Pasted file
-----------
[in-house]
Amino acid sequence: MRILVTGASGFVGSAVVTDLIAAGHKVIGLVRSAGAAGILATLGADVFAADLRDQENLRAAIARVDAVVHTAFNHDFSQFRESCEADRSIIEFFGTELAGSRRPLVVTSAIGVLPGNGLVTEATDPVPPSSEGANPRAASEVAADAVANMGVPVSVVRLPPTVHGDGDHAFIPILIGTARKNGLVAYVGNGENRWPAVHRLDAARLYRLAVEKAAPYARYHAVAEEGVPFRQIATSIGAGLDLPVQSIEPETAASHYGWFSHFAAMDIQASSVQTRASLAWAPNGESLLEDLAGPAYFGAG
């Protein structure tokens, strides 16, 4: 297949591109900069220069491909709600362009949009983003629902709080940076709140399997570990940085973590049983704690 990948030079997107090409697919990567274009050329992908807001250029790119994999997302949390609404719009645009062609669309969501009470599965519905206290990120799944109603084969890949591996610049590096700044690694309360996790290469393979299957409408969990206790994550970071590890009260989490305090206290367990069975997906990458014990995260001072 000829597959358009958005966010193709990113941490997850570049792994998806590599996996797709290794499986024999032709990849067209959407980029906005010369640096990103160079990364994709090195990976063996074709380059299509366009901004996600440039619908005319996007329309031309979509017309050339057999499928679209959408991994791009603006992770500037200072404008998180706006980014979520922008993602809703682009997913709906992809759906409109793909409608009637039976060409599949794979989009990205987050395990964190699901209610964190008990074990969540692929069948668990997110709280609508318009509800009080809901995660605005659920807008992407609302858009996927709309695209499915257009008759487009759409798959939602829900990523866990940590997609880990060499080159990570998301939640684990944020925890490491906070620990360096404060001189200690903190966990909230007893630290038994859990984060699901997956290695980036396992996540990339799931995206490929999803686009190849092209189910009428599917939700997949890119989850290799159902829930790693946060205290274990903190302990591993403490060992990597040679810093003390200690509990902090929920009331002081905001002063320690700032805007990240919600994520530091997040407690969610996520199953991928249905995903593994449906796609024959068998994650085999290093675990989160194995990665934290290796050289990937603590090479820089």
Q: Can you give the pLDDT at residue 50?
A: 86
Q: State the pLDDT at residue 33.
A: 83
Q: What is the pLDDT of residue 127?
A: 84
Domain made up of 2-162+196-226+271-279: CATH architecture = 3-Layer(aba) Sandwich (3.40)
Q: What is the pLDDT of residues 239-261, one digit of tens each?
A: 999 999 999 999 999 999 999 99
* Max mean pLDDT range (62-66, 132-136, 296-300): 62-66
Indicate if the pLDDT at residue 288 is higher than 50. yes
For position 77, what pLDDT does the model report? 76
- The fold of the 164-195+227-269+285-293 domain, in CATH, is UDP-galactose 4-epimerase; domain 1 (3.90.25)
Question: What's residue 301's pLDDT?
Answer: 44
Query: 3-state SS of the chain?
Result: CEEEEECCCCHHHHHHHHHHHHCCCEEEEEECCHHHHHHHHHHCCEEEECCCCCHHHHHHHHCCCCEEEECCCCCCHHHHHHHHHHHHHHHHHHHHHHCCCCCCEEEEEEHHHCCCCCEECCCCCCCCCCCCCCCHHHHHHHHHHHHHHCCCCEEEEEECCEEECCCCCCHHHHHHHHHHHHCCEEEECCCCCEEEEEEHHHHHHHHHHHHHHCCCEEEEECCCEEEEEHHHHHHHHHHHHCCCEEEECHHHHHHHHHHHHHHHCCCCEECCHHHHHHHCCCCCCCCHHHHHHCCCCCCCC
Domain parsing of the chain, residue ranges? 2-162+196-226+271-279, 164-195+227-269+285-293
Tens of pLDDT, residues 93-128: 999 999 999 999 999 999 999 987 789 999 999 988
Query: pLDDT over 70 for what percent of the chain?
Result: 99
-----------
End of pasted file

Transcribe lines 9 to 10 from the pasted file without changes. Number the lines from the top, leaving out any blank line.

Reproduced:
A: 84
Domain made up of 2-162+196-226+271-279: CATH architecture = 3-Layer(aba) Sandwich (3.40)